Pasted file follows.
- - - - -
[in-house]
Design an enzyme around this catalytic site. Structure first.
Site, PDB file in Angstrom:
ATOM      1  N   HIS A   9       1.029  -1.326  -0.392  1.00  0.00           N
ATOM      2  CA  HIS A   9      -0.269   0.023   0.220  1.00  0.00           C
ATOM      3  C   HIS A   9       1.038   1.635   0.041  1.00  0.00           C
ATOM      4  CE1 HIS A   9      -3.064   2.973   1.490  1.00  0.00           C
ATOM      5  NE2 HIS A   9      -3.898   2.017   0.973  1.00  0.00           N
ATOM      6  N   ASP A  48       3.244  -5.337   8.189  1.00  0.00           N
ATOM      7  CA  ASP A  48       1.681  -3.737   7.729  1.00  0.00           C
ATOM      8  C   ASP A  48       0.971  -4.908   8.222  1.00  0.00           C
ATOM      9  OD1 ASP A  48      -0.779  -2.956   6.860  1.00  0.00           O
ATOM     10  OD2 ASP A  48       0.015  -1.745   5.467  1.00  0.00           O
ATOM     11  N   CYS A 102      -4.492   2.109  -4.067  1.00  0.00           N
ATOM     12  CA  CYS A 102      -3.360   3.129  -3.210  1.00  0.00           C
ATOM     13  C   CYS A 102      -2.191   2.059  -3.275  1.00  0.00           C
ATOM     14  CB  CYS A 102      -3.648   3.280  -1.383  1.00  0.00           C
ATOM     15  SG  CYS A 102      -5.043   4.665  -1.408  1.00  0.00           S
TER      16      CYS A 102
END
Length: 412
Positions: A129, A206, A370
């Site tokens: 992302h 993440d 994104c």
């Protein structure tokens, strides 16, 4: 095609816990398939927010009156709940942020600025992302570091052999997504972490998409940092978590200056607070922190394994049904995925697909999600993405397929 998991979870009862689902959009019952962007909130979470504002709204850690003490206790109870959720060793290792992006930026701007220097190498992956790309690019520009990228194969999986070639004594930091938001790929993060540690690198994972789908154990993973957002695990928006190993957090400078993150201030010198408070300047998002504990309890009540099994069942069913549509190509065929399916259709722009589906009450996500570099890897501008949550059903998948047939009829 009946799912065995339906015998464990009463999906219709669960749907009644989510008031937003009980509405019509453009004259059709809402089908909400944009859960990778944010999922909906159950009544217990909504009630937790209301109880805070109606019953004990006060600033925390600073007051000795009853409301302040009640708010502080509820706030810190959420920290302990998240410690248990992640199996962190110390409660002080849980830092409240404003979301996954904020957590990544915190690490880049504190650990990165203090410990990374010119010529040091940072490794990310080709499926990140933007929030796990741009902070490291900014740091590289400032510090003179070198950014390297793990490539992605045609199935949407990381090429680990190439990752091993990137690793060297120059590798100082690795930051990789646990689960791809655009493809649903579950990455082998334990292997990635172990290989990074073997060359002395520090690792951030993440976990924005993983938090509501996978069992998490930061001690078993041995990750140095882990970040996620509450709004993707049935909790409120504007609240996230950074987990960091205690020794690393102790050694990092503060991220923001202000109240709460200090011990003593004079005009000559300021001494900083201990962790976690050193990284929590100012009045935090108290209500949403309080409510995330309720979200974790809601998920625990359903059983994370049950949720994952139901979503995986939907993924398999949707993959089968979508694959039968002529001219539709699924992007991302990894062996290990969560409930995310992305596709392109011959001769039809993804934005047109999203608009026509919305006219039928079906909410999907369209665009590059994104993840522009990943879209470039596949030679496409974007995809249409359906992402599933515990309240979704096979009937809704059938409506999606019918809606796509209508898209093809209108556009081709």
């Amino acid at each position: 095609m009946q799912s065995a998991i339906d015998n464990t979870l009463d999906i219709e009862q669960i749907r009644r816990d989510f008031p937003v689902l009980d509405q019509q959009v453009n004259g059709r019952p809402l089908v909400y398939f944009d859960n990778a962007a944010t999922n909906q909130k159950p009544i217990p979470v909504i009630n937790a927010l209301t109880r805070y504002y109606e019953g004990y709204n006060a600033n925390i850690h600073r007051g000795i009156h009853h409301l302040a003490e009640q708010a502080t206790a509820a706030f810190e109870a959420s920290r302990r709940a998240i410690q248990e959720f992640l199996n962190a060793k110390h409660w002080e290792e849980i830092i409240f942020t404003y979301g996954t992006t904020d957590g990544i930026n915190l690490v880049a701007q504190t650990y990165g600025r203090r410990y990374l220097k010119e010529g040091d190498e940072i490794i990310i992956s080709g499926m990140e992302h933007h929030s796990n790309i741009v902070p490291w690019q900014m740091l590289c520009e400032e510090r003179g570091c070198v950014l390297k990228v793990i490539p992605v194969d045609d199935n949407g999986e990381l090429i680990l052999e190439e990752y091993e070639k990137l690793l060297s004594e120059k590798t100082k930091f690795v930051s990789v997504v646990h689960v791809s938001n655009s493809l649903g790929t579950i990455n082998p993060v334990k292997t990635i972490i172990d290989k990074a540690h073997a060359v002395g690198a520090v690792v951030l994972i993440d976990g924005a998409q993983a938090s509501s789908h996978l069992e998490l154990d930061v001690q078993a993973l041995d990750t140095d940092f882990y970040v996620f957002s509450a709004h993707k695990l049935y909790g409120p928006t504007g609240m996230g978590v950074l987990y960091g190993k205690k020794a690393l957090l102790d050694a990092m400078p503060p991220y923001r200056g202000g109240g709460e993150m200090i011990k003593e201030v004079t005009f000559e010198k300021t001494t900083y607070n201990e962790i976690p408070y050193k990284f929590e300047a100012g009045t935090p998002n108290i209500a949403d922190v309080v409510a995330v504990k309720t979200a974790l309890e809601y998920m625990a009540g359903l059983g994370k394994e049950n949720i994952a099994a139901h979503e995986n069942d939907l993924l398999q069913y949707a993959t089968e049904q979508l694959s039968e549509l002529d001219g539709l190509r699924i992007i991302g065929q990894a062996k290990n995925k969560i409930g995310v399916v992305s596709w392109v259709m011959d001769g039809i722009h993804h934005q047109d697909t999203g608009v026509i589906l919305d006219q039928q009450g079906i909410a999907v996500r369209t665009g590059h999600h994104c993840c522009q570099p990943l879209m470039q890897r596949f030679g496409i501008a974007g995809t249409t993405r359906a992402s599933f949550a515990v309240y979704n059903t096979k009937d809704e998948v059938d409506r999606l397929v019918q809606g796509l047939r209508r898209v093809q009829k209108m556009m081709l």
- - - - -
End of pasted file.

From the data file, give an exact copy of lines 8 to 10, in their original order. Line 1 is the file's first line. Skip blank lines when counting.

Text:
ATOM      5  NE2 HIS A   9      -3.898   2.017   0.973  1.00  0.00           N
ATOM      6  N   ASP A  48       3.244  -5.337   8.189  1.00  0.00           N
ATOM      7  CA  ASP A  48       1.681  -3.737   7.729  1.00  0.00           C